NAPOLEONVILLE, La. (CN) – About 200 protesters converged on this small village 90 minutes outside of New Orleans to raise their voices in opposition to the proposed Bayou Bridge Pipeline, an extension of the recently revived and highly controversial Dakota Access Pipeline.
The rallying point for the protest Wednesday night was the Assumption Parish Community Center, where a public hearing was held on the pipeline plan.
The Obama administration had rendered the extension largely moot when it declined to approve a portion of the Dakota Access Pipeline slated to pass through land sacred to the Standing Rock Sioux tribe.
The tribe and its supporters also objected to the pipeline’s planned route on the grounds that it could threaten local water supplies.
But President Donald Trump ordered a new expedited review of the project, and this week the U.S. Army Corps of Engineers approved its construction.
Renewed concerns over the project and its possible impacts locally inspired a large contingent of protesters and worried townspeople to gather across the street from the community center for an impromptu rally, and by the time the hearing began, opponents of the Bayou Bridge Pipeline outnumbered supporters by nearly three-to-one.
The proposed Bayou Bridge Pipeline will cut through 700 bodies of water in southeast Louisiana, including the Atchafalaya Basin, the largest remaining wetland swamp in the United States.
The Atchafalaya is known for its vast cypress-tupelo swamps and also for being the largest remaining contiguous tract of coastal cypress trees in the country.
Environmentalists among the protesters say the new project will cut through about 600 acres of sensitive wetlands.
But the poor local economy in the largely rural Assumption Parish also weighed heavily on the minds of hearing attendees.
Most of those who support the pipeline said it will create much needed jobs in the area.
Some pointed out that Louisiana has long been dependent on the oil and gas industry for some measure of prosperity; others said they are concerned about the nation’s reliance on foreign oil and see the pipeline as a tangible step toward energy independence.
“This pipeline is the vehicle that would drive the blood of our nation forward,” said Christian Gil, a real estate agent from nearby St. Mary Parish. “I don’t know why anyone would be against it.”
Gil said he drove 44 miles to attend the hearing as a favor to friends who feared protesters would overwhelm supporters at the hearing.
Nick James, a chemical engineer and Republican party chairman for St. John the Baptist Parish, said he drove 50 miles from his company’s plant in St. Gabriel, Louisiana to support construction of the pipeline on behalf of the party.
James said he didn’t believe construction of the pipeline is a controversial issue.
“It’s much easier to transport oil by pipeline than by rail,” he said.
The hearing was held by the Louisiana Department of Natural Resources, a state agency that governs coastal lands.
If the 160-mile pipeline is ultimately approved in its current form it will run through eleven parishes, from Lake Charles to St. James.
Opponents say the pipeline would, among other things, cause significant harm to the region’s crawfishing industry, harm the wetlands it crosses through, and pose a threat to drinking water.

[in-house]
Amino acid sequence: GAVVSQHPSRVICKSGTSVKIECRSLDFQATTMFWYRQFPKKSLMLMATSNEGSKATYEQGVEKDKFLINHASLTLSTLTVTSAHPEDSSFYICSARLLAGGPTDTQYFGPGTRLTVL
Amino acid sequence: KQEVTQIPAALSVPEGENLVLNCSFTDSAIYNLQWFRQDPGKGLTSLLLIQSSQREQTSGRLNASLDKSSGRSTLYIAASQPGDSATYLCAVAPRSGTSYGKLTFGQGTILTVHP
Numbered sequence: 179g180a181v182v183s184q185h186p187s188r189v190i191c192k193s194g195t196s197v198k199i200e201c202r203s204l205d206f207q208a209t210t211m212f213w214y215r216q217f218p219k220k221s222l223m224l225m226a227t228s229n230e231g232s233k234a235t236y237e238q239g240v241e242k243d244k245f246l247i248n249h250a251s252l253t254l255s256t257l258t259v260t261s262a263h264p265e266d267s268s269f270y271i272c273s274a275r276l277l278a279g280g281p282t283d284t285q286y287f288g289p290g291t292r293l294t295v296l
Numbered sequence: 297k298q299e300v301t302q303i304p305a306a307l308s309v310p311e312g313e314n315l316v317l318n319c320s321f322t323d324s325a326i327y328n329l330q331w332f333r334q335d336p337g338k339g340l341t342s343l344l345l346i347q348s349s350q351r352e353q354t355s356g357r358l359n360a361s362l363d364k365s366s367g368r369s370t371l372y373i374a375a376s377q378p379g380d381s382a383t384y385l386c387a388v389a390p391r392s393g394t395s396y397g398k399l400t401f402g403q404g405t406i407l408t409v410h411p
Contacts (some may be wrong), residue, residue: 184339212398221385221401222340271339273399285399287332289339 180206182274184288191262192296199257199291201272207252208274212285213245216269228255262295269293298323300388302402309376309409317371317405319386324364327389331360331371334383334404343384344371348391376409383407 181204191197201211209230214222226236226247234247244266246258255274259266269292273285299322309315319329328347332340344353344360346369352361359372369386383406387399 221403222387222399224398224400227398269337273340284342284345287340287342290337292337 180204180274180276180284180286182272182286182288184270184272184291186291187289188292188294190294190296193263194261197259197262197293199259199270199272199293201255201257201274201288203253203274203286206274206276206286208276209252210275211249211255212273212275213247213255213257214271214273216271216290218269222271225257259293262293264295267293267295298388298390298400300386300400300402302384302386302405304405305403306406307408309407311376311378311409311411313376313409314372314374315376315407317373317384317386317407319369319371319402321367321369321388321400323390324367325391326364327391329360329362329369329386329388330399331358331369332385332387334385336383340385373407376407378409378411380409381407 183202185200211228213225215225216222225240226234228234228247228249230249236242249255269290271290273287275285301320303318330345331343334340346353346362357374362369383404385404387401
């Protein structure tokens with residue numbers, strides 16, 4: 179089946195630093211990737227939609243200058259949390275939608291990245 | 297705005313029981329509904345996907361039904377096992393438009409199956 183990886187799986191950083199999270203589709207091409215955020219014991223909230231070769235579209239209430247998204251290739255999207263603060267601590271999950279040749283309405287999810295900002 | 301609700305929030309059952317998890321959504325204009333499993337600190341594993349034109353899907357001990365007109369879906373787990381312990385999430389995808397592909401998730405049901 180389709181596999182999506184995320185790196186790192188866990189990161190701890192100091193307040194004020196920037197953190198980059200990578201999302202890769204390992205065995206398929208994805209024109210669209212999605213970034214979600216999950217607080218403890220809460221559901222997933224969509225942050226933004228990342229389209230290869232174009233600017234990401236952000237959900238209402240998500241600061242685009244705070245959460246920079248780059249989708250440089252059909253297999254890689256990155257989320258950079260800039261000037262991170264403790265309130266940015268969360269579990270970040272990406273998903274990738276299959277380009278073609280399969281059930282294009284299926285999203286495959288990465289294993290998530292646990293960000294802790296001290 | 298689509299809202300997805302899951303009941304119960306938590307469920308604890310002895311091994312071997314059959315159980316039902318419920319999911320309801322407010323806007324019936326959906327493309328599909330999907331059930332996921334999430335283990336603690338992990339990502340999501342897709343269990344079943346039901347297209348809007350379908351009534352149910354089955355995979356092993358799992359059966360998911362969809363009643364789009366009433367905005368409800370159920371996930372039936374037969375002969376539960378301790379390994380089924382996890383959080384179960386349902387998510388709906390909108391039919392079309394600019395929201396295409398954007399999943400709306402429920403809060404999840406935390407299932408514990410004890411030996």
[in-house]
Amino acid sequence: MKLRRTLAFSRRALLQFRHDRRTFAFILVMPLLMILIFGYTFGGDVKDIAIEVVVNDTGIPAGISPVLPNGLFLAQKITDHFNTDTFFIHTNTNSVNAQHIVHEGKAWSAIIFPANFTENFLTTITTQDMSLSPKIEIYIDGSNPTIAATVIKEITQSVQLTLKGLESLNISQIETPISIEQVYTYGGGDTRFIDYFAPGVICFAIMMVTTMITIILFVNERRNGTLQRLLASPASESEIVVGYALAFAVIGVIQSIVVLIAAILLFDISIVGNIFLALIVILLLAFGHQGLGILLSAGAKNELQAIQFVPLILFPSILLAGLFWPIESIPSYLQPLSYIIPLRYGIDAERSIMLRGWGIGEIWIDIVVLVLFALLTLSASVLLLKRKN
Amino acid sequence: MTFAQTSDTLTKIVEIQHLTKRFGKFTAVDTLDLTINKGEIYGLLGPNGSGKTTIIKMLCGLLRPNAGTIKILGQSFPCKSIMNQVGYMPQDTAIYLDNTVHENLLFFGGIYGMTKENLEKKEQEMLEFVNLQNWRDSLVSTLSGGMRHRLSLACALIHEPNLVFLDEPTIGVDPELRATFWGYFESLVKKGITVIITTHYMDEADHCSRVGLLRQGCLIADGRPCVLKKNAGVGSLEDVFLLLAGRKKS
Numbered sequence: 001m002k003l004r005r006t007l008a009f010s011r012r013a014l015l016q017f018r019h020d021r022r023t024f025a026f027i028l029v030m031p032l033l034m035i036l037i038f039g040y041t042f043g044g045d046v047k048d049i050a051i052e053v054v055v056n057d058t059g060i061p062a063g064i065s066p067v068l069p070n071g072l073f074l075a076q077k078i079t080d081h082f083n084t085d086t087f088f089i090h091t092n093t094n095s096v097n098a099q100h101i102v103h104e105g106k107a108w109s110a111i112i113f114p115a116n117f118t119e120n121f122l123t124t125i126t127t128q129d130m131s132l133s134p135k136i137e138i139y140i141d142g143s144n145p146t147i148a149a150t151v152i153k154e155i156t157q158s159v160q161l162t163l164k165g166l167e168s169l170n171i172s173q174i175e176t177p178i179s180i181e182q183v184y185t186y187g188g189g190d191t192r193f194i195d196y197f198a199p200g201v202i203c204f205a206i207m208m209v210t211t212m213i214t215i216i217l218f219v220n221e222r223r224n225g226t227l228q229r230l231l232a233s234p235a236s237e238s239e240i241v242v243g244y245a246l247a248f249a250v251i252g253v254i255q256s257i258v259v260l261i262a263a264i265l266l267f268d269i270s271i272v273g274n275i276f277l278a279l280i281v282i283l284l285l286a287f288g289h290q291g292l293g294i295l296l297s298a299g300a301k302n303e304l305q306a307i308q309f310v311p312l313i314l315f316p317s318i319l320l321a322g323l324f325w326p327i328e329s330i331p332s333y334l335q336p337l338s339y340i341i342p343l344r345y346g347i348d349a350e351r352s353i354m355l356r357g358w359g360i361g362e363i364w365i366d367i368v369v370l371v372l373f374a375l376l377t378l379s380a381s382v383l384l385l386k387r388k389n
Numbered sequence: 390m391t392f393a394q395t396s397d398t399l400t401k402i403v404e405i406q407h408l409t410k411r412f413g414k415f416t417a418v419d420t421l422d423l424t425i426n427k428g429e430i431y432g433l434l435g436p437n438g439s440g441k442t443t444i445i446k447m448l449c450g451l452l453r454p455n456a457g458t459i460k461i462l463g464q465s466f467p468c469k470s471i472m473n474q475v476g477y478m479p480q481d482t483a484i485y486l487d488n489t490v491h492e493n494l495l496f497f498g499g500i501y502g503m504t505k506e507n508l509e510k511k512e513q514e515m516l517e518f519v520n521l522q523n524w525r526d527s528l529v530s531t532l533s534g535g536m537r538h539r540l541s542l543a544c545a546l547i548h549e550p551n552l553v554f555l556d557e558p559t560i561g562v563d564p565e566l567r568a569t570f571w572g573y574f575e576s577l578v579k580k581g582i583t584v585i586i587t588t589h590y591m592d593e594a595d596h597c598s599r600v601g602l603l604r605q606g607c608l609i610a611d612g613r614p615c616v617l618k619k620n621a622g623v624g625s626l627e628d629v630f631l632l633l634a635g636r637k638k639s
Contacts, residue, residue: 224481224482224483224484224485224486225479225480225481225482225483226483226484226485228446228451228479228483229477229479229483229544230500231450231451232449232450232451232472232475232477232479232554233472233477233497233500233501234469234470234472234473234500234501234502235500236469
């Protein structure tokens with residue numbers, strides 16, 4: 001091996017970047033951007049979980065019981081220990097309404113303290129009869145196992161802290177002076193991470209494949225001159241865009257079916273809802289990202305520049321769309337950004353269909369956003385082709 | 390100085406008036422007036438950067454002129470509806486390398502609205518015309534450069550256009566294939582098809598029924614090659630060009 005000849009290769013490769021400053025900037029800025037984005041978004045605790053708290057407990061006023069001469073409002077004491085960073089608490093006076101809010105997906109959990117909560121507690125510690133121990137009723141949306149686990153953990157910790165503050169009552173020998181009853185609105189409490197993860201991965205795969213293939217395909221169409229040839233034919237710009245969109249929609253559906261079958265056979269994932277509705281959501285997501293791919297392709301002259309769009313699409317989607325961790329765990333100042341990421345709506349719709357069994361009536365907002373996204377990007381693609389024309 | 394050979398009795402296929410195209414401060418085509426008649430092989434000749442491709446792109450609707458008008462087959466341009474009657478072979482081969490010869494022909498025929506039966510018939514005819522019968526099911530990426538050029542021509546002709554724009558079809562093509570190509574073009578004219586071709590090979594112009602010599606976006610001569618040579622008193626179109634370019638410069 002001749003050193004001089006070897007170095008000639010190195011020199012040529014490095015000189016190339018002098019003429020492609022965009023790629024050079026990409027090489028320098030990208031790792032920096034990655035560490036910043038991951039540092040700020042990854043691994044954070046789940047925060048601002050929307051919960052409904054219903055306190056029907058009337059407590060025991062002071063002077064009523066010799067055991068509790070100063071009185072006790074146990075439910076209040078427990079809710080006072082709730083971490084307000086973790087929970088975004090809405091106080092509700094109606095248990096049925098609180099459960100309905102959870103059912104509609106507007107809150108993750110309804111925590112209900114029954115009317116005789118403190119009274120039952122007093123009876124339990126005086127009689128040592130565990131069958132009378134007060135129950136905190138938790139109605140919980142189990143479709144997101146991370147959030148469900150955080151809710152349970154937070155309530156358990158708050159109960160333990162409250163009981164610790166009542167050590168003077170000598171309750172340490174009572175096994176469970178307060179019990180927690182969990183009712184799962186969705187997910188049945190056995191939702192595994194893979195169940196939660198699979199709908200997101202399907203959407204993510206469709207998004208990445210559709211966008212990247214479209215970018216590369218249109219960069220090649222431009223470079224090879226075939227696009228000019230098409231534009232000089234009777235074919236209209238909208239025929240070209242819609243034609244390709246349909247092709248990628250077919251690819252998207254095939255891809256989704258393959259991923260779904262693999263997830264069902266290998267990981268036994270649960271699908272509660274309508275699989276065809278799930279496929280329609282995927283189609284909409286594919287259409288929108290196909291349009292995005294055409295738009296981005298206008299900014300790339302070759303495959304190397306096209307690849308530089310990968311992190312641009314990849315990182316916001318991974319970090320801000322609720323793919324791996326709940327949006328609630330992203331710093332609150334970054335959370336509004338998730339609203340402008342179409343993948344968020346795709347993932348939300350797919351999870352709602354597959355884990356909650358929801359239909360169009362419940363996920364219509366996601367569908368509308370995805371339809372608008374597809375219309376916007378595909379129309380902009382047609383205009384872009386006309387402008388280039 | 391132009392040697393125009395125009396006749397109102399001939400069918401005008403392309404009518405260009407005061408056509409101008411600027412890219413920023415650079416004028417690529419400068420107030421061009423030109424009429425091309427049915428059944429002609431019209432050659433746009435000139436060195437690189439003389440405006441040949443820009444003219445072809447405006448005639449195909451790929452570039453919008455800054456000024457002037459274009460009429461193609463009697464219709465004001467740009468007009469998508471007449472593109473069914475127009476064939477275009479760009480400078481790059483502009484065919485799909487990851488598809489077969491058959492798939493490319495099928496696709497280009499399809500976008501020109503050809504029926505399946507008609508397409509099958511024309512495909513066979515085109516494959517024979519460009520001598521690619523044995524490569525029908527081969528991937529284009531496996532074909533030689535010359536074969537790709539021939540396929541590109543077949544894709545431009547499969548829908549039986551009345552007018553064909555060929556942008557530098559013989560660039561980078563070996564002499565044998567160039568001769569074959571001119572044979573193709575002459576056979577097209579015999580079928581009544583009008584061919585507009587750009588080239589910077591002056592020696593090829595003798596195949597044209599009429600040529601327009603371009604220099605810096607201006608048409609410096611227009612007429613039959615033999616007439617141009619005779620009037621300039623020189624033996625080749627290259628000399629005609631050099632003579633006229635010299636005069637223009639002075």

Kerry Farber, the spokesman for Energy Transfer Partners, the company that wants to build the Bayou Bridge Pipeline began the meeting by saying the project is “exactly what our new president – President Trump – had in mind when he issued orders.”
The pipeline, Farber said, would provide “reliable, safe, economical transportation” for oil.
“How much money do you take from the oil industry?” one protester yelled. “How much do you get paid?”
“Mary Landrieu is a liar!” another said.
Landrieu faced sharp criticism during her time in the Senate due to the opinion held by many that she is in the pocket of the oil and gas industry.
“I’ve supported for a long-time the idea that our country should be energy independent,” Landrieu said to even louder jeers and a few obscene gestures.
Later Wednesday evening, supporters of the pipeline left the meeting in droves as first, a spokesman for the Sierra Club, and then, someone from the Louisiana Bucket Brigade — a group that tracks pollution issues in the state — rattled off the most recent pipeline spills and statistics they said prove Energy Transfer’s abysmal safety record.
Haywood Martin, on behalf of the Sierra Club, said pipelines always end up leaking because they are inherently flawed.
Pipeline opponents also claimed that once construction of the project is complete, only 12 permanent jobs will be created locally.
One gentleman, a black man from St. James Parish who spoke with a thick Cajun accent, rose and said he came to speak out against the pipeline because he had seen too many of his neighbors and friends become sick and he blamed their illnesses on underground oil storage tanks that leak.
“St. James, I love it, but they have people down there that are very sick,” he said.
“It’s a poor community, and the few very rich people they’ve had down there are gone – they are gone! But what’s going to happen to the poor people?” he added.
On Thursday night, just 24 hours after the hearing, a fire from a pipeline that exploded in St. Charles Parish left several workers injured and one missing.
Over 60 homes in the area had to be evacuated as a result of the blaze. As this story went to press on Friday afternoon, there was still no word on when the fire might be under control.
Phillips 66, which owns the pipeline that caused the fire, is also an investor in the Bayou Bridge Pipeline.